Staff Publications

Staff Publications

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    'Staff publications' is the digital repository of Wageningen University & Research

    'Staff publications' contains references to publications authored by Wageningen University staff from 1976 onward.

    Publications authored by the staff of the Research Institutes are available from 1995 onwards.

    Full text documents are added when available. The database is updated daily and currently holds about 240,000 items, of which 72,000 in open access.

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Record number 347698
Title BIO-OFFSHORE: Grootschalige teelt van zeewieren in combinatie met offshore windparken in de Noordzee
Author(s) Reith, E.H.; Deurwaarder, E.P.; Hemmes, K.; Curvers, A.P.W.M.; Kamermans, P.; Brandenburg, W.A.; Lettings, G.
Source Petten : ECN (ECN-C--05-008 ) - 137
Department(s) IMARES
Agrosystems
Publication type Scientific report
Publication year 2005
Keyword(s) zeewieren - biomassa - landbouwproductie - noordzee - haalbaarheidsstudies - halofyten - windenergie - zoutwaterlandbouw - zeewierenteelt - seaweeds - halophytes - biomass - agricultural production - wind power - north sea - feasibility studies - saline agriculture - seaweed culture
Categories Farm Management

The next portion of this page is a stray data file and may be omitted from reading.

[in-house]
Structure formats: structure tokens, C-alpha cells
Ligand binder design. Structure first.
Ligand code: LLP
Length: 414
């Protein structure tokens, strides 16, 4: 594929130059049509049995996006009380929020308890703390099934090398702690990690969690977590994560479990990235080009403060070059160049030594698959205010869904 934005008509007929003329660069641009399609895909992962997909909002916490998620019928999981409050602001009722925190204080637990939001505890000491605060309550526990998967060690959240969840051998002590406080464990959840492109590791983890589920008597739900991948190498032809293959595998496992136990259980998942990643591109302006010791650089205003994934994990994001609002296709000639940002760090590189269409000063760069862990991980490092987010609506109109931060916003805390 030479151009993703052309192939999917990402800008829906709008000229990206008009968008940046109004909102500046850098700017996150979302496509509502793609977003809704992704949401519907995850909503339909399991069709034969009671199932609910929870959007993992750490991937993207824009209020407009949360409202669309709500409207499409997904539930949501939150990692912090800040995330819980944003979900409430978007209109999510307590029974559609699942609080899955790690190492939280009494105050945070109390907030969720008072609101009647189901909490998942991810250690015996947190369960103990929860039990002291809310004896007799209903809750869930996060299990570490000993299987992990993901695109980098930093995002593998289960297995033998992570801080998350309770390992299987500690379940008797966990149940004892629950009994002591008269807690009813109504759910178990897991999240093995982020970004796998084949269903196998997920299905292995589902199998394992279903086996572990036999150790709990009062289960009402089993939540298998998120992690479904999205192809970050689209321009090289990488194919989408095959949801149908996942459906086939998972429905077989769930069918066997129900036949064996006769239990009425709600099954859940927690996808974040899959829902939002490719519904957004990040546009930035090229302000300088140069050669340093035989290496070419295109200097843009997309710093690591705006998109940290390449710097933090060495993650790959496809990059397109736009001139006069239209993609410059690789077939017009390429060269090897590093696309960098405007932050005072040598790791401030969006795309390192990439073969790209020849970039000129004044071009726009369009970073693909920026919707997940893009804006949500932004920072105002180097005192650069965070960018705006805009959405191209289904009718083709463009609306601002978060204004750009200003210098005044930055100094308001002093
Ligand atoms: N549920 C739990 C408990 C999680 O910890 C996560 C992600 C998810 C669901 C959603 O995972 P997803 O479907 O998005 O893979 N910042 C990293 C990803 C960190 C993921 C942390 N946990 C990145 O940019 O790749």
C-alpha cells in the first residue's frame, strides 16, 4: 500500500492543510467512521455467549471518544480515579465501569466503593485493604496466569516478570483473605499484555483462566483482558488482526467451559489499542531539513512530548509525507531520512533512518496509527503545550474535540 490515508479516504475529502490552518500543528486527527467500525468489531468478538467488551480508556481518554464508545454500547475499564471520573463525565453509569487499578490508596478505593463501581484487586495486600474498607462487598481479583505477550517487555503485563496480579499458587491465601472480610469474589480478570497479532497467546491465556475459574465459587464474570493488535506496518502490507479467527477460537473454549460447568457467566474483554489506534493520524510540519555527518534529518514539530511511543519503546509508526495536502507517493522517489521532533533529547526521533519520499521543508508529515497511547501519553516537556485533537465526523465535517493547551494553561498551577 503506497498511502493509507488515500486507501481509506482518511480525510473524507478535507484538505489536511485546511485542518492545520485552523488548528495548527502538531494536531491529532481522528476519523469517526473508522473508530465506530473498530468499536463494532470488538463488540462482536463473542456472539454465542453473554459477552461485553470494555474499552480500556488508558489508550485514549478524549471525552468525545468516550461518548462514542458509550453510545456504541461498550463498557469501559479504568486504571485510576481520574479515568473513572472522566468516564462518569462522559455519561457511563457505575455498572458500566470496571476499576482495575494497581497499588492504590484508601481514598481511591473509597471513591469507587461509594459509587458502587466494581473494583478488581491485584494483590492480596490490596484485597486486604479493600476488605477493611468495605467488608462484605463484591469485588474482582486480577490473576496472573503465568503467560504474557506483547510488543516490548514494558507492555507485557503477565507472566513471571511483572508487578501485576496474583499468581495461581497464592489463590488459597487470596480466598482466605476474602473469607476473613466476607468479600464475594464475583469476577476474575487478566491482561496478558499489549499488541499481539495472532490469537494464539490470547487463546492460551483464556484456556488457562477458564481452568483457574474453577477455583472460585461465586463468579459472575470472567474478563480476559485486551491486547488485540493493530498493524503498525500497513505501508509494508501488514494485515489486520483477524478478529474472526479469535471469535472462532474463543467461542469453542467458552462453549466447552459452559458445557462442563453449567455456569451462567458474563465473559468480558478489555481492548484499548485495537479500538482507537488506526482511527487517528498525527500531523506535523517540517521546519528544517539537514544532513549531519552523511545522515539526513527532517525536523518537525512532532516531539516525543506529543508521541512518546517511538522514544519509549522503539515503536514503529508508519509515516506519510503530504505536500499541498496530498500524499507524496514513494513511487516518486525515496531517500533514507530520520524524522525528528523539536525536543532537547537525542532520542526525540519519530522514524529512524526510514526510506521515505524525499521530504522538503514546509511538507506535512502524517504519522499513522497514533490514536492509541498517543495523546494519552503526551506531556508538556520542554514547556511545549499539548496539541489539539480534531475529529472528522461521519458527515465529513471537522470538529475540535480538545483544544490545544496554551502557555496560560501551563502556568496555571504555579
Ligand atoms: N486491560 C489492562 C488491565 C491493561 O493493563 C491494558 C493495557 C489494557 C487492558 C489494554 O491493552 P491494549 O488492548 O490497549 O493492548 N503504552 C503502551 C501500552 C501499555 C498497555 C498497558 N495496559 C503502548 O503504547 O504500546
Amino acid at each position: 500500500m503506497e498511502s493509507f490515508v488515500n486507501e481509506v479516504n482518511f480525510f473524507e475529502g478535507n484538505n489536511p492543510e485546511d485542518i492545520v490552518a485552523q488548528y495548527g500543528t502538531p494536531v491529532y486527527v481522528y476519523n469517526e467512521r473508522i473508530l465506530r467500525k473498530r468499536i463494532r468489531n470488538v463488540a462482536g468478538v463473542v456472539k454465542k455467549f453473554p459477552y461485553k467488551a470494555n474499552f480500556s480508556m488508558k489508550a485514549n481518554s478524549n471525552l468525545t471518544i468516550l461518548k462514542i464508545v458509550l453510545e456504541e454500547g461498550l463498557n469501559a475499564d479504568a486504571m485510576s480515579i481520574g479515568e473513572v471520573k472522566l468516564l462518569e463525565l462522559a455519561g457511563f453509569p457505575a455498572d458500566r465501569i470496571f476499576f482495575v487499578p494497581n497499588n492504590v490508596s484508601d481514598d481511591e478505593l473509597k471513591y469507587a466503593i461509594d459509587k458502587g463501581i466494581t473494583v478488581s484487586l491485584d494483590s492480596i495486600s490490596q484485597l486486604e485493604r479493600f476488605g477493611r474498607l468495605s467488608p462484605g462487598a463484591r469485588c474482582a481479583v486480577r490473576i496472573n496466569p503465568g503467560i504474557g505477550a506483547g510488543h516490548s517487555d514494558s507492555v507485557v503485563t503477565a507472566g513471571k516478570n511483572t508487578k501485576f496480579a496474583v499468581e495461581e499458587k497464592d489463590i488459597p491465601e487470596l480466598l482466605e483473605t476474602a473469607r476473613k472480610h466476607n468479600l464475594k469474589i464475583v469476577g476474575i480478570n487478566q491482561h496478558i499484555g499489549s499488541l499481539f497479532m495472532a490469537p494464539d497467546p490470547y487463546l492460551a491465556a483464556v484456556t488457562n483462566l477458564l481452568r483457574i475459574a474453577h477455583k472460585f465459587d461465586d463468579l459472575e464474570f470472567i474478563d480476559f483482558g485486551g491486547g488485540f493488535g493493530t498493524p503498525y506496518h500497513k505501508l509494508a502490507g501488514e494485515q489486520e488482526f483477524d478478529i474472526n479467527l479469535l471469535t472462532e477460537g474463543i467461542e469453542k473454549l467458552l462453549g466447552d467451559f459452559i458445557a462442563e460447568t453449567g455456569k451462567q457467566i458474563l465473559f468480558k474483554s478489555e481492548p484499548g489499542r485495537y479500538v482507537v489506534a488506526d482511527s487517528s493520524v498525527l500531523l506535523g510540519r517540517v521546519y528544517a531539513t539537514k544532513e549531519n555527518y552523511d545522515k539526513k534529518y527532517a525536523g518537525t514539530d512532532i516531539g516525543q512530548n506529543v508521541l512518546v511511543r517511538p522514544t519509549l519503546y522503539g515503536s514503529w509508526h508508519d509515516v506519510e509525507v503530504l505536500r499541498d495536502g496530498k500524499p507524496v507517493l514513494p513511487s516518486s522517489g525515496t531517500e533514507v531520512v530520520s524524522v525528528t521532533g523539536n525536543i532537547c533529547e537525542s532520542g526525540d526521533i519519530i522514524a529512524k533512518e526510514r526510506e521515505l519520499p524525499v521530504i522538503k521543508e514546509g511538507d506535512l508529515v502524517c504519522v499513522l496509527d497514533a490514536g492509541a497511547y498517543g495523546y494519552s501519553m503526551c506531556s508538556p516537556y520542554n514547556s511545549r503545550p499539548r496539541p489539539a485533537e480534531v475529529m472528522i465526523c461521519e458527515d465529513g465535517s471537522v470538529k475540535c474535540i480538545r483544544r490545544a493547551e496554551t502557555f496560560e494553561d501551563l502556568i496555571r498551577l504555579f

Abstract This study addresses the technological feasibility of seaweed cultivation in the North Sea in combination with offshore wind parks and harvesting and conversion of seaweed biomass to renewable energy carriers and chemicals. The study also identifies stakeholders and participants for technology development and the ecological and societal conditions to fit in large-scale seaweed cultivation in the marine environment, existing marine infrastructure and functions, and (inter)national regulations and policies for the North Sea. Three seaweed species that are native in the North Sea have been selected for potential cultivation: Ulva sp. (belonging to the green macroalgae), Laminaria sp. (a brown macroalga) and Palmaria sp. (a red macroalga). Current commercial seaweed cultivation systems usually consist of (partly) anchored line structures to which the seaweeds are attached and are generally located on coastal locations. International research shows that cultivation systems in the open sea may become easily damaged by wind and wave action. An experimental ring shaped system has thus far shown the best stability for the conditions in the North Sea. However the production costs are high. Considerable system development is therefore required to enable large-scale, economically attractive cultivation of seaweeds combined with offshore wind parks. The optimal system design is unknown. This study proposes a layered system for seaweed cultivation employing the typical light absorption characteristics of green, brown and red macroalgae respectively, to enable optimal use of the available sunlight and enhance areal productivity. Without addition of nutrients the productivity in the North Sea is estimated at approx. 20 tons dry matter/ha.year. Through layered cultivation and/or addition of nutrients this can potentially be increased to ca. 50 tons dry weight /ha.year. Development of precision nutrient dosage technology is required to prevent eutrophication. Potential negative environmental impacts include: sedimentation of seaweed fragments and other organics with a negative effect on the oxygen budget in the water column, and possible negative impacts on migration of sea mammals including dolphins, porpoises and whales. Seaweed cultivation can also have positive impacts including the uptake of nutrients by the macroalgae (reducing eutrophication) and an enhancement of marine biodiversity, because the seaweeds and the cultivation systems offer substrate for attachment, shelter and feed for molluscs and fish. Indeed, the system could be managed as a nursery for young fish in order to restore fish populations in the North Sea. Integration of seaweed cultivation with other types of aquaculture e.g. cultivation of mussels or fish is a realistic option. The Dutch government target for offshore wind in 2020 is 6.000 MW installed turbine capacity. This will involve a surface area of approx. 1000 km2. The support constructions for the wind turbines can serve as a structural basis for seaweed cultivation systems. Designs must take into account the additional load on the turbine supports due to currents, wind and wave action, and accessibility of the turbines for maintenance vessels. Potential synergistic effects of the combination of offshore wind and seaweed cultivation supporting the profitability of both activities include joint management and maintenance, alternative employment opportunities for fisheries and ecological benefits
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